How Do Individual Investors Buy Stocks?

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This couple is working with a financial planner. Photo: Simon Potter/Getty Images

There are many ways for individual investors to buy stocks, each with advantages and disadvantages. If you want low fees, you might have to put more time managing your investments. If you wish to outperform the market, you may pay higher fees. If you want a lot of advice, you'll probably have to pay more as well. If you don't have much time or interest, you might have to settle for lower results.  

Perhaps the most risk is from the emotional aspect of investing. Most stock buyers get greedy when the market is doing well. Unfortunately, this makes them buy stocks when they are the most expensive. A poorly performing market triggers fear. That makes most investors sell when the prices are low.

Selecting which way to invest is a personal decision. It mostly depends on your comfort with risk. It also depends on your ability (and willingness) to spend time learning about the stock market.

Buy Stocks Online

Buying stocks online costs the least, but gives little advice. You are only charged a flat fee, or a percent of your purchase, for each transaction. However, it can be the riskiest. You obviously get little or no advice. It requires you to educate yourself thoroughly on how to invest. For this reason, it also takes the most time. Here's a Review of Top Online Trading Sites.

Investment Clubs

Joining an investment club gives you more information at a reasonable cost.

However, it takes a lot of time to meet with the other club members. They all also have various levels of expertise. You may be required to pool some of your funds into a club account before investing. For more, see Better Investing Clubs.

Full-Service Brokers

A full-service broker is expensive because you'll pay higher fees.

However, you get more information and recommendations. That protects you from greed and fear. You must shop around to select a good financial professional that you can trust. Here are some useful tips from the SEC on How to Select a Broker.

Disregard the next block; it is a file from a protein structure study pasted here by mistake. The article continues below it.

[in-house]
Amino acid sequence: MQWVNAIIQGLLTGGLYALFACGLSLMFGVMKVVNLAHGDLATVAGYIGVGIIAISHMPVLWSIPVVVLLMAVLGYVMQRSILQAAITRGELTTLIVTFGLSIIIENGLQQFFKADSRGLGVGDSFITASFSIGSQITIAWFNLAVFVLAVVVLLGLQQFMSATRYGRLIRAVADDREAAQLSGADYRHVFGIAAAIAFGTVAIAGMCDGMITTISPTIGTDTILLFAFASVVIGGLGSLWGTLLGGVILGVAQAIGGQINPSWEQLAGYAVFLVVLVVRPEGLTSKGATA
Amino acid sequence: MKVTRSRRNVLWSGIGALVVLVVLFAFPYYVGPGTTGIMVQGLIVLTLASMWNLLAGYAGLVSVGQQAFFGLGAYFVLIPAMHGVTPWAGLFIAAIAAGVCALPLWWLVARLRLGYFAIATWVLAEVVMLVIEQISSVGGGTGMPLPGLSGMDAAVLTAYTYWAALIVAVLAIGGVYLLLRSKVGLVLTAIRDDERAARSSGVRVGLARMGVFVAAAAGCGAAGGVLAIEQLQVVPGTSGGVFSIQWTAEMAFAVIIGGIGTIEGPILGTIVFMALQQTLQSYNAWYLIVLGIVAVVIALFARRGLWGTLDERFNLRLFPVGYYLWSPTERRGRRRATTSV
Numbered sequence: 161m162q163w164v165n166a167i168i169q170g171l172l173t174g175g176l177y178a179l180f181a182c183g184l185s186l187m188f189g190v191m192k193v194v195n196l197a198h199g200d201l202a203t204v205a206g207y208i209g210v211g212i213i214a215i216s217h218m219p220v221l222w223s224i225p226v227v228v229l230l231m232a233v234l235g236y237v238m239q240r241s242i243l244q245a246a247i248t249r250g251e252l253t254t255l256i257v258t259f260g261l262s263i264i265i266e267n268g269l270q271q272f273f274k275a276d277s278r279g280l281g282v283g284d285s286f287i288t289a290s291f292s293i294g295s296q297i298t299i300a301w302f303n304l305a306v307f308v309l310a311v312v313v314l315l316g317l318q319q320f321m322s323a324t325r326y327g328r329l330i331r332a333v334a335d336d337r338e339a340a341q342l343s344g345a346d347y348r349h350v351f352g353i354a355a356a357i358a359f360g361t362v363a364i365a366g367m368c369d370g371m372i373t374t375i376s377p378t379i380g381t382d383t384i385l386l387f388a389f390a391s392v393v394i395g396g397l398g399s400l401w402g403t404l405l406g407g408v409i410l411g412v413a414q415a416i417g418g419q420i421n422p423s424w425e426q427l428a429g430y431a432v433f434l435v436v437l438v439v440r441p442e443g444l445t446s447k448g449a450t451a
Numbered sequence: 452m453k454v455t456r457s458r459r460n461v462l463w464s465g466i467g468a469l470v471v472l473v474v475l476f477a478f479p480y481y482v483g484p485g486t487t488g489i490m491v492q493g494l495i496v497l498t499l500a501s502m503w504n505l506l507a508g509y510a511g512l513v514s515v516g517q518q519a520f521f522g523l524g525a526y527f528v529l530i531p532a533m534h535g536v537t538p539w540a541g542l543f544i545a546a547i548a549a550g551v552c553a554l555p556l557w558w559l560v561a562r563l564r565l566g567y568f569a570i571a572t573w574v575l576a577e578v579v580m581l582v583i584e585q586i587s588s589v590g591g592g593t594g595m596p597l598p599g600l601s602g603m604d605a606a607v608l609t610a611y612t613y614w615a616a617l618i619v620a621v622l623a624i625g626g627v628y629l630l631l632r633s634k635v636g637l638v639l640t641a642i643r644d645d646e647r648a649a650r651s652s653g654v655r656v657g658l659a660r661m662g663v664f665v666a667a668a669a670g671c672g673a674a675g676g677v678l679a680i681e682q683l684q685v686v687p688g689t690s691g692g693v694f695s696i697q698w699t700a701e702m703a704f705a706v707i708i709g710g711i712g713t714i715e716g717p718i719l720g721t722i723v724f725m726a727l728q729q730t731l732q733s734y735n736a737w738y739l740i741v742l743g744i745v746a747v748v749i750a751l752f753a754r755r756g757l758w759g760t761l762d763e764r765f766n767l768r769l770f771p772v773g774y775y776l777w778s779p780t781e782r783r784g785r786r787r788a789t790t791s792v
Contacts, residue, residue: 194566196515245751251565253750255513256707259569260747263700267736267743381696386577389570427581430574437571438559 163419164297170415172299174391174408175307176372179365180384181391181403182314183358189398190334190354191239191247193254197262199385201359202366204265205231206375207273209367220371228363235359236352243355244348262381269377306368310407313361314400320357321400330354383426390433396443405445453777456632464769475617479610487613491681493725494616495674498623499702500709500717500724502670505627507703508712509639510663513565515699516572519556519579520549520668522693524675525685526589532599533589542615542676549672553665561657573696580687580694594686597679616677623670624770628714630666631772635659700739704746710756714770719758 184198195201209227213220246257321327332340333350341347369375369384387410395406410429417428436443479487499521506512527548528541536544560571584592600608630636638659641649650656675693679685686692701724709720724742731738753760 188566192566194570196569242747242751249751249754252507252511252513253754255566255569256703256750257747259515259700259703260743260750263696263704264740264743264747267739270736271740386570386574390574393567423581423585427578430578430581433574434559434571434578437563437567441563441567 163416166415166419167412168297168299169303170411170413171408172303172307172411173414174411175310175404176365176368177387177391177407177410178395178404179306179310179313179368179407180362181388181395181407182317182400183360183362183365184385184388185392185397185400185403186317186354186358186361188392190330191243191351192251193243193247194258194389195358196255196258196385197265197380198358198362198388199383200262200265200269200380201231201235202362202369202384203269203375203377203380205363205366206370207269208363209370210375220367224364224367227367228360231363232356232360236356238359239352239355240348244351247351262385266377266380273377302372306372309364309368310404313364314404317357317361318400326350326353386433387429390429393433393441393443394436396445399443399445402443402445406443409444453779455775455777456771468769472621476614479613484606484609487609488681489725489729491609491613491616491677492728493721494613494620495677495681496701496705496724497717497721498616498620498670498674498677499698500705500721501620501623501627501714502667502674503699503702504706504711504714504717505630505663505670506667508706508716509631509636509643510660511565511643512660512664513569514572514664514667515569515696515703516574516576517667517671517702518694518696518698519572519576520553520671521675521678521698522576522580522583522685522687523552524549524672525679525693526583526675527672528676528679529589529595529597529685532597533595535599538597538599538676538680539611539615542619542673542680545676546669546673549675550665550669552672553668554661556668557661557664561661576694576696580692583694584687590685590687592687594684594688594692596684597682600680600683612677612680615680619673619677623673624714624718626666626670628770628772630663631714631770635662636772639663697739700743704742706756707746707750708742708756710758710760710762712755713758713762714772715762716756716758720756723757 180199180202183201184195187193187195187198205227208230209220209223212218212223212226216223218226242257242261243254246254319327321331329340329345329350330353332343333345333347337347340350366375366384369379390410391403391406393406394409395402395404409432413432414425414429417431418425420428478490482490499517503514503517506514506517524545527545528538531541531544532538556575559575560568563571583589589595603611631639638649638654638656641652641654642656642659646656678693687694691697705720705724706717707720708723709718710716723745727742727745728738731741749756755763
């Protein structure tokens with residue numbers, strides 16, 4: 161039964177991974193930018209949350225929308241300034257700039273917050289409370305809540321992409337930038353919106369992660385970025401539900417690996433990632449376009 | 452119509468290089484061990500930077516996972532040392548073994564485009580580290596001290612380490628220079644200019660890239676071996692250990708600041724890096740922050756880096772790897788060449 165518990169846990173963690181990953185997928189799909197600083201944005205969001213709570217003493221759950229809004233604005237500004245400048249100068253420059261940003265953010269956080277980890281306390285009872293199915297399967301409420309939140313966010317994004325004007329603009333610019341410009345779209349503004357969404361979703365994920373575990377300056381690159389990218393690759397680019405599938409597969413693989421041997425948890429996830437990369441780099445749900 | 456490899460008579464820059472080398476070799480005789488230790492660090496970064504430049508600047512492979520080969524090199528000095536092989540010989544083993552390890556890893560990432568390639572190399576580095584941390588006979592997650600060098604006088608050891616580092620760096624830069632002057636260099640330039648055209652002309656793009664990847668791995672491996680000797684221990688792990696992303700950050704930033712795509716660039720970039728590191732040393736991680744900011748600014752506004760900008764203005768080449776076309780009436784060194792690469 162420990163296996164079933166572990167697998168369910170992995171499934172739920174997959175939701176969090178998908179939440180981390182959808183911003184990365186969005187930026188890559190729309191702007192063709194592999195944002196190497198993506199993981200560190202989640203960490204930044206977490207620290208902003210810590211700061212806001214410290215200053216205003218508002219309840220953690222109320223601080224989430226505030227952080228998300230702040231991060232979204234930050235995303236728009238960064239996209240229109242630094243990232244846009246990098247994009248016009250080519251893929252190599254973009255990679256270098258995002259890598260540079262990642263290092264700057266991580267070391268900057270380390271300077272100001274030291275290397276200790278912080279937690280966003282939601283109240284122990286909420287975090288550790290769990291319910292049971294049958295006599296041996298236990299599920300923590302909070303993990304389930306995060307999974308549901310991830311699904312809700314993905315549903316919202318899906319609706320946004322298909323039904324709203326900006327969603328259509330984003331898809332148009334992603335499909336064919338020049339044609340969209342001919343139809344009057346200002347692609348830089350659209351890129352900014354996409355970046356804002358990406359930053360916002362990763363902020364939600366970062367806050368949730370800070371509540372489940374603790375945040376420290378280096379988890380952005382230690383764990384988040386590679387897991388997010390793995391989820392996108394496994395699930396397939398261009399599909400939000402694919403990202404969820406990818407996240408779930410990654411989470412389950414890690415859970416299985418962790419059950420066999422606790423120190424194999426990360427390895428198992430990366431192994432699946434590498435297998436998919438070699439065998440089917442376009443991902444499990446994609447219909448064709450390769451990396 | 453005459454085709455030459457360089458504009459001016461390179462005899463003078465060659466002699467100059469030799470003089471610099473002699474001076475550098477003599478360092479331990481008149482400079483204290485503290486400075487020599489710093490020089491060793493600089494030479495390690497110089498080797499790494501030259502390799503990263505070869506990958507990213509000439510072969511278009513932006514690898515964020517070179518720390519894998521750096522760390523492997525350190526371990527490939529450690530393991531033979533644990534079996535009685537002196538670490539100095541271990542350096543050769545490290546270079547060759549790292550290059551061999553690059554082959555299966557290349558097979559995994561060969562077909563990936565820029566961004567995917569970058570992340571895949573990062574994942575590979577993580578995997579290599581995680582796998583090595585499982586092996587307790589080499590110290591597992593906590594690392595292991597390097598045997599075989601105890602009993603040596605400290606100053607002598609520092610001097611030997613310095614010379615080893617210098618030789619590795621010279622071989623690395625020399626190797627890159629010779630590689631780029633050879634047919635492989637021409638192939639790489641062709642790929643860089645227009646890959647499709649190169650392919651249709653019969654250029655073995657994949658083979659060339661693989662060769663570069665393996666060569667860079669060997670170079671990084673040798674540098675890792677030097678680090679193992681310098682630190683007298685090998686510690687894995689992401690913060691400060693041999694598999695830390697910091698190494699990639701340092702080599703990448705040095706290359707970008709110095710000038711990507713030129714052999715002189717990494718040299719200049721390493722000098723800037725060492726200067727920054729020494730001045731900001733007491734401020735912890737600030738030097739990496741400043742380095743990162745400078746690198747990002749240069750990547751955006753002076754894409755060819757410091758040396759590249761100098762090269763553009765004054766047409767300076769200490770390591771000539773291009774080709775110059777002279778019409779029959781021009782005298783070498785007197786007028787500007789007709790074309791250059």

Money Manager

Money managers select and buy the stocks for you. You pay them a hefty fee, usually 1%-2% of your total portfolio. If the manager does well, it takes the least amount of time. That's because you can just meet with them once or twice a year. Here's How to Select a Good Financial Advisor.

Index Fund

Also known as Exchange Traded Funds, these can be an inexpensive and safer way to profit from stocks. They mainly just track the stocks in an index. Examples include the Dow Jones Industrial Average or the MSCI emerging market index. The fund rises and falls along with the index. There is no annual fee. However, it's impossible to outperform the market this way, because index funds only track the market. For more, see Should I Invest in an Index Fund?.

Mutual Funds

Mutual funds are a relatively safer way to profit from stocks. The fund manager will buy a group of stocks for you. You don't own the stock, but a share of the fund. Most funds have an annual fee, between .5% to 3% usually.

They promise to outperform the S&P 500, or other comparable index funds. For more, see 16 Best Tips on Mutual Fund Basics and Before You Buy a Mutual Fund

Hedge Funds

Hedge funds are like mutual funds. They both pool all their investors' dollars into one actively managed fund. However, hedge funds invest in complicated financial instruments known as derivatives. They promise to outperform the mutual funds with these highly-leveraged investments.

Hedge funds are privately-held companies, not public corporations. That means they aren't regulated by the SEC (Securities and Exchange Commission). They are very risky, but many investors believe this higher risk leads to a higher return. For more, see What Are Hedge Funds? 

Stock Investing FAQ